Who doesn’t want to improve their running? I’m in a unique position of being a high school track and field/cross country coach and a chiropractor so needless to say, I see runners all day for a variety of issues. I’m often asked by my patients and my athletes I coach, what can I do to become a better runner? Here are my top 5 tips to improve your running.
- Running Tall
- Recover Better
- Get Your Form Checked
- Don’t Let Little Things Become Big Things
- Just Breathe
I wrote a previous blog about this one. Simply put, the best running cue I could ever give someone is to run tall. A lot of poor biomechanics and habits can be fixed by this simple cue. If you run with poor posture, it can shut off a lot of the correct muscles and lead to not only injuries but poor running economy.
Sometimes we forget that rest is as important if not more important than the work. Are you sleeping at least 8 hours a night? Do you eat the correct nutrition? Are you recovering on your recovery days and running an appropriate pace? Nick Symmonds runs 8 minute miles on his recovery days and has a PR in the 800m of 1:42.95. I see a lot of people who sleep 5 hours a night and live on coffee, if that’s you, you’re not adequately recovering. Do you think you can eat whatever you want because you’ll just run it off? If so, then you’re not recovering properly.
Get Your Form Checked
As a coach, I find a lot of athletes aren’t even aware of their poor form. Perhaps you have a bad mechanic or two and don’t even realize that. Over time, bad mechanics lead to injuries not to mention you will run slower than you’re capable of. Luckily for you, a lot of the local shoe running stores have running form clinics that could be very useful. A lot of coaches are very good about checking form as well so it may be worth investing a little money to get your foam analyzed. I offer running analysis at my office and I send you the videos and analysis afterwards so you’ll always have it.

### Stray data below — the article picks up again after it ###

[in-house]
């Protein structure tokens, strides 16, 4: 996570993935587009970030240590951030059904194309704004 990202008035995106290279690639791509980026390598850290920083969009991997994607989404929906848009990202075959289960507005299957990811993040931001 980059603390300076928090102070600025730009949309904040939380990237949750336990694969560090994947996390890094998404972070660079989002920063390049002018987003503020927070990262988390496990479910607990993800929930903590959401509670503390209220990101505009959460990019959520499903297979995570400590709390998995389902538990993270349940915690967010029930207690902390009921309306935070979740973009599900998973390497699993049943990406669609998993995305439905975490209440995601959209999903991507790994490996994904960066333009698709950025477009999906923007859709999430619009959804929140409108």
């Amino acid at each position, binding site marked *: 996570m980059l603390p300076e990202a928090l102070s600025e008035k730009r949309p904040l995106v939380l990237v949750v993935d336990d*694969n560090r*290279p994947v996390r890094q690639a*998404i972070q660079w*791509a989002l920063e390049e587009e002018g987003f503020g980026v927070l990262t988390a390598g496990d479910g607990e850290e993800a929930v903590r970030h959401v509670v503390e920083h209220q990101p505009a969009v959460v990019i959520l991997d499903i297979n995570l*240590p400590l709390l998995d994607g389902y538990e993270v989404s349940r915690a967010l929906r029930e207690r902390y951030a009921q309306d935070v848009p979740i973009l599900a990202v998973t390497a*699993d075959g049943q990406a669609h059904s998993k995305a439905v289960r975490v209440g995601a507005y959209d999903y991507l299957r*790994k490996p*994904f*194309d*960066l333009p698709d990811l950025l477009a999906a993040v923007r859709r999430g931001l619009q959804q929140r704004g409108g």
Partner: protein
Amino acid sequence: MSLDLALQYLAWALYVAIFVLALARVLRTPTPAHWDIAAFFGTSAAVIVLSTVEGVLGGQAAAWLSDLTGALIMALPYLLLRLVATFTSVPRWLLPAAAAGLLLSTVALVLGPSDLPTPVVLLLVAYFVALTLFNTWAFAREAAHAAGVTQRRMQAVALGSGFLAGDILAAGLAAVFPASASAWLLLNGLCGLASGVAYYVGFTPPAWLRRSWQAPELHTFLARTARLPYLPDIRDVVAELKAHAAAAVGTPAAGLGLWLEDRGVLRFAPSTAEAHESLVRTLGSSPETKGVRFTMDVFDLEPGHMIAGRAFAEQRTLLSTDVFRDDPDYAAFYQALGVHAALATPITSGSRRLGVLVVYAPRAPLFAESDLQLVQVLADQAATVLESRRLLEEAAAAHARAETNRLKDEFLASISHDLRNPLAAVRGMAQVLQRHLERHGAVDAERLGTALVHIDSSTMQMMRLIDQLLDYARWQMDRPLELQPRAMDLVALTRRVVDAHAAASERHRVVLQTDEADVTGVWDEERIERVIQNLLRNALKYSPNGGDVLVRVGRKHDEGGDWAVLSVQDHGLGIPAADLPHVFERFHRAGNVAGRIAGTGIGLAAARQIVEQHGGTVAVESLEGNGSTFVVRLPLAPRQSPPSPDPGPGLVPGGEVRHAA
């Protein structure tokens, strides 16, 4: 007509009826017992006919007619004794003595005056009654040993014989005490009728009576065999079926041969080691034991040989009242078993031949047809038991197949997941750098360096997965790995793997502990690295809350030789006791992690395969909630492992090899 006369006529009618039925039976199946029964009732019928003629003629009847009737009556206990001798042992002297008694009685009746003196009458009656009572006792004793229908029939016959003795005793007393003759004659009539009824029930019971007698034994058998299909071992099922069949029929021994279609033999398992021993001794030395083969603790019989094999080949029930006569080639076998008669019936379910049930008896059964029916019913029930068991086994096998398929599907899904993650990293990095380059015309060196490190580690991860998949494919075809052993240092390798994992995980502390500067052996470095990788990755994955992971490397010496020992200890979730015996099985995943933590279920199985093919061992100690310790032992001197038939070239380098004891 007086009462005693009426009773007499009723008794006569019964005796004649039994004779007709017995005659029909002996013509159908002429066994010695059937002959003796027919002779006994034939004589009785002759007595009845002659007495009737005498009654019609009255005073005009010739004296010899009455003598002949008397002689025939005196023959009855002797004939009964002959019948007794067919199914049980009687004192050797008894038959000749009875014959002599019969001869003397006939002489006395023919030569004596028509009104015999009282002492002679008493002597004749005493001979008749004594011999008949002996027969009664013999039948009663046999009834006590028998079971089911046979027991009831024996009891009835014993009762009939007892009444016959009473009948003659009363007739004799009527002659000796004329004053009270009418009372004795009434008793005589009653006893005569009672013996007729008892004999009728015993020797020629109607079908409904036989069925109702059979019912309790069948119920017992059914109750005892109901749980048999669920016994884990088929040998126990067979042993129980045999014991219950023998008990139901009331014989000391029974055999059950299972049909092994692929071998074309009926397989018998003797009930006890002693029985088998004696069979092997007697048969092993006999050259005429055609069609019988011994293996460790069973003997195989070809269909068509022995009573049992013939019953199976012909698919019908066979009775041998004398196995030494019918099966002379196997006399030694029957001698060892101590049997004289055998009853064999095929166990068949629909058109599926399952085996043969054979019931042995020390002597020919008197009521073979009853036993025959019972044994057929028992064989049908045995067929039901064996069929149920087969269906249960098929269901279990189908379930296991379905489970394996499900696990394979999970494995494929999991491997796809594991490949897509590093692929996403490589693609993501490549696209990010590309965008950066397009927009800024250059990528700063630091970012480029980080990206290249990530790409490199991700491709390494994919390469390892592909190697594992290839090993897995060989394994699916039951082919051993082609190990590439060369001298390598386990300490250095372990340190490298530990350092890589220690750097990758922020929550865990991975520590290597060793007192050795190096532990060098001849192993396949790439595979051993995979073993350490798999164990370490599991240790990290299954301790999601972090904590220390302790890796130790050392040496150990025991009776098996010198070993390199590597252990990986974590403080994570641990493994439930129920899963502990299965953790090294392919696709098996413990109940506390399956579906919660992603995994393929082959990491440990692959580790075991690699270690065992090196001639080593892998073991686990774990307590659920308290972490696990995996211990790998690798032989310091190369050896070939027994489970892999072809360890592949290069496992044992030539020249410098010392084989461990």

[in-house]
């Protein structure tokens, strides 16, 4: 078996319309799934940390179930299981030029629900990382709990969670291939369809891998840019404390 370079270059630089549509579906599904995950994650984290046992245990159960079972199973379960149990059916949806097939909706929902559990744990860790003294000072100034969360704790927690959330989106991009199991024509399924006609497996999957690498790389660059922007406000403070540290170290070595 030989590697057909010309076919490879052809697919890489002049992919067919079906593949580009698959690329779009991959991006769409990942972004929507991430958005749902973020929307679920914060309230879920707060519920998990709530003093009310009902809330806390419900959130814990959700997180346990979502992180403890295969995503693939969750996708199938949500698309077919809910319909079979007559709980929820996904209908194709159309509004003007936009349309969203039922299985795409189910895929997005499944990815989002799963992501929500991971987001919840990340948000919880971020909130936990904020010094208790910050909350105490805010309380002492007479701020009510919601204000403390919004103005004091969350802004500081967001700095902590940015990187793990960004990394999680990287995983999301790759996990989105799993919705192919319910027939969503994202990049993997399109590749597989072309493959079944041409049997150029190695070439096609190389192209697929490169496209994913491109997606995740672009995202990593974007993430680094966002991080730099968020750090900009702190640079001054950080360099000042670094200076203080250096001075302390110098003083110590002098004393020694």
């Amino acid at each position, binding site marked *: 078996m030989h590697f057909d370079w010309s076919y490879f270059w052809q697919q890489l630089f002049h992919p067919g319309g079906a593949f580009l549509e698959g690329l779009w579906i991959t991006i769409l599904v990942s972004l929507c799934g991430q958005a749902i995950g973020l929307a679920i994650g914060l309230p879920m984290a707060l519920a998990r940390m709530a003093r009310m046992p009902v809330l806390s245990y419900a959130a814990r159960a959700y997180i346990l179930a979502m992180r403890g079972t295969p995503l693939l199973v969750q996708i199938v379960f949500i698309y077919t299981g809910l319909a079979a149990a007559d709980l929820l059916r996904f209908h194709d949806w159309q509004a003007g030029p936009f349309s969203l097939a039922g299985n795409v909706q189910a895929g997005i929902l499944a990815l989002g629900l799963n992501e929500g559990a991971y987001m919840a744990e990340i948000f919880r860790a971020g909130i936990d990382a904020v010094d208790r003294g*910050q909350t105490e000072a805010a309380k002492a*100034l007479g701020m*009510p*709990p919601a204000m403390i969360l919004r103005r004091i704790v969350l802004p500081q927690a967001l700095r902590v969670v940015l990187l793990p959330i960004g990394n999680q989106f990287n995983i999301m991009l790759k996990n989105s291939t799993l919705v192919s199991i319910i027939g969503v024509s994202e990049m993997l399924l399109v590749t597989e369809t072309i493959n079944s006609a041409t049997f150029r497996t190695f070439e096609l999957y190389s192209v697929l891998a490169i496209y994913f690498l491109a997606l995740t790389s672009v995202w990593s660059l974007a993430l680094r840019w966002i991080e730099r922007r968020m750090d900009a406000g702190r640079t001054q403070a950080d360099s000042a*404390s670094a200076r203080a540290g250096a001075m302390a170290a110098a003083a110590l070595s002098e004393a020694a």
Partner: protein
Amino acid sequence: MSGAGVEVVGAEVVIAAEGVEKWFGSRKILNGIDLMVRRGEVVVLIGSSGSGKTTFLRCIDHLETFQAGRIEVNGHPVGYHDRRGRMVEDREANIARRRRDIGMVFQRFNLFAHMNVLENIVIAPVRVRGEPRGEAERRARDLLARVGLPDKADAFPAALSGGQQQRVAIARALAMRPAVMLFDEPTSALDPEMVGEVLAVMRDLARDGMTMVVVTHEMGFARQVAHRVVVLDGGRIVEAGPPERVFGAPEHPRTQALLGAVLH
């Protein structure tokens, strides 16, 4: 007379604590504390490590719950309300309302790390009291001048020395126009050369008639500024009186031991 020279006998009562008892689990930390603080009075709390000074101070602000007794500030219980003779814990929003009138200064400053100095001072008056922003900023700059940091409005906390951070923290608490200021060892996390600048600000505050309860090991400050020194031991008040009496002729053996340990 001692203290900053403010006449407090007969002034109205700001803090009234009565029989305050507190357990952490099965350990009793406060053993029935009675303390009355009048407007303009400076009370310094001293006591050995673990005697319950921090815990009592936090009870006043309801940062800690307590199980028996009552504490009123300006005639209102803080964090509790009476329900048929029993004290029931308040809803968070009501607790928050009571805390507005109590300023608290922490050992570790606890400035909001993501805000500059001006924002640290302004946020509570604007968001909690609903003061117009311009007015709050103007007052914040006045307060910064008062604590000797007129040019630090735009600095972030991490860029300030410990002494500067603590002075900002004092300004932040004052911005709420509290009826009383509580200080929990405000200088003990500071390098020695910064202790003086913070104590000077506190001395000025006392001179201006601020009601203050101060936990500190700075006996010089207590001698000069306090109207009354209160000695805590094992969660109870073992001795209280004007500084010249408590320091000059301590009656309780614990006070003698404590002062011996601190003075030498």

Don’t Let Little Things Become Big Things
I often see individuals that come into my office and say, well it started months ago and it just kept getting worse and I just kept running on it, but now it’s gotten to a point where I can’t run at all. There are a lot of little things that can ultimately become big things and set you back. Consistency is one of the most important factors to improving running but if you’re consistently injured, you can’t progress. Half of my job as a high school coach is to make sure little things don’t become big things. We do lots of foam rolling and self myofascial work for the little injuries that seem to pop up. We also do a lot of strength work and corrective exercises.
Learn how to breathe, seriously! If you don’t breathe with your diaphragm, the way we were designed to breathe, you’re not able to get as much oxygen in your lungs. And, last time I checked, that’s kind of important in running! Your diaphragm also integrates directly into your core. Think of your core as a box, the diaphragm is the lid for that box. A strong, functional core will go a long ways towards improving your ability to run and staying injury free.
-Dr. Brian Damhoff DC MS